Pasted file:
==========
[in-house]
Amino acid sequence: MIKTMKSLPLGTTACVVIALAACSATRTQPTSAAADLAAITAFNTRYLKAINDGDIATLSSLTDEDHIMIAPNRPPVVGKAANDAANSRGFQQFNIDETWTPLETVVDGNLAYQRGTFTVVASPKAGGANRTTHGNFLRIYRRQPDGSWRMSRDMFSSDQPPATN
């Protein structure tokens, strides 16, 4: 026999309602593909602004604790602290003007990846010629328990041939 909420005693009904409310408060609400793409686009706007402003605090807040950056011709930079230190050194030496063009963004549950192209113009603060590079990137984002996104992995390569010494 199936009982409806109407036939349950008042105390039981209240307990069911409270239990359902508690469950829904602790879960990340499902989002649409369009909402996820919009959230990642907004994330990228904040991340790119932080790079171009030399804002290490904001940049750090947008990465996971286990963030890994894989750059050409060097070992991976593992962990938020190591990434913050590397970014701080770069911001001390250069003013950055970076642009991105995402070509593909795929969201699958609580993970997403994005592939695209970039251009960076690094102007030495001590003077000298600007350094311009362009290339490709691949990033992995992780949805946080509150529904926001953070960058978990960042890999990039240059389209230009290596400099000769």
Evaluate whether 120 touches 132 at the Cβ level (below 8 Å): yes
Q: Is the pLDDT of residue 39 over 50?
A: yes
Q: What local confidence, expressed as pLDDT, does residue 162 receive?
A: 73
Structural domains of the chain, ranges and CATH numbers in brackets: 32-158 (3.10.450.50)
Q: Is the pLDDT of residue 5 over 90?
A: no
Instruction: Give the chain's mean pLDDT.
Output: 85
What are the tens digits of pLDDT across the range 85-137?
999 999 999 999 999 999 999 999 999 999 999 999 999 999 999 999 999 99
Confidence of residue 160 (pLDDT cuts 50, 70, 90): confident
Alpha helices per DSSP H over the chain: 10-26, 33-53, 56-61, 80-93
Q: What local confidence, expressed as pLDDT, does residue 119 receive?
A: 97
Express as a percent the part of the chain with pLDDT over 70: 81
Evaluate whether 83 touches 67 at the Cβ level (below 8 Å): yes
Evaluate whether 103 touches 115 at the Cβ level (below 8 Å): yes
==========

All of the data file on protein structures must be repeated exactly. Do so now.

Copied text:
[in-house]
Amino acid sequence: MIKTMKSLPLGTTACVVIALAACSATRTQPTSAAADLAAITAFNTRYLKAINDGDIATLSSLTDEDHIMIAPNRPPVVGKAANDAANSRGFQQFNIDETWTPLETVVDGNLAYQRGTFTVVASPKAGGANRTTHGNFLRIYRRQPDGSWRMSRDMFSSDQPPATN
């Protein structure tokens, strides 16, 4: 026999309602593909602004604790602290003007990846010629328990041939 909420005693009904409310408060609400793409686009706007402003605090807040950056011709930079230190050194030496063009963004549950192209113009603060590079990137984002996104992995390569010494 199936009982409806109407036939349950008042105390039981209240307990069911409270239990359902508690469950829904602790879960990340499902989002649409369009909402996820919009959230990642907004994330990228904040991340790119932080790079171009030399804002290490904001940049750090947008990465996971286990963030890994894989750059050409060097070992991976593992962990938020190591990434913050590397970014701080770069911001001390250069003013950055970076642009991105995402070509593909795929969201699958609580993970997403994005592939695209970039251009960076690094102007030495001590003077000298600007350094311009362009290339490709691949990033992995992780949805946080509150529904926001953070960058978990960042890999990039240059389209230009290596400099000769």
Evaluate whether 120 touches 132 at the Cβ level (below 8 Å): yes
Q: Is the pLDDT of residue 39 over 50?
A: yes
Q: What local confidence, expressed as pLDDT, does residue 162 receive?
A: 73
Structural domains of the chain, ranges and CATH numbers in brackets: 32-158 (3.10.450.50)
Q: Is the pLDDT of residue 5 over 90?
A: no
Instruction: Give the chain's mean pLDDT.
Output: 85
What are the tens digits of pLDDT across the range 85-137?
999 999 999 999 999 999 999 999 999 999 999 999 999 999 999 999 999 99
Confidence of residue 160 (pLDDT cuts 50, 70, 90): confident
Alpha helices per DSSP H over the chain: 10-26, 33-53, 56-61, 80-93
Q: What local confidence, expressed as pLDDT, does residue 119 receive?
A: 97
Express as a percent the part of the chain with pLDDT over 70: 81
Evaluate whether 83 touches 67 at the Cβ level (below 8 Å): yes
Evaluate whether 103 touches 115 at the Cβ level (below 8 Å): yes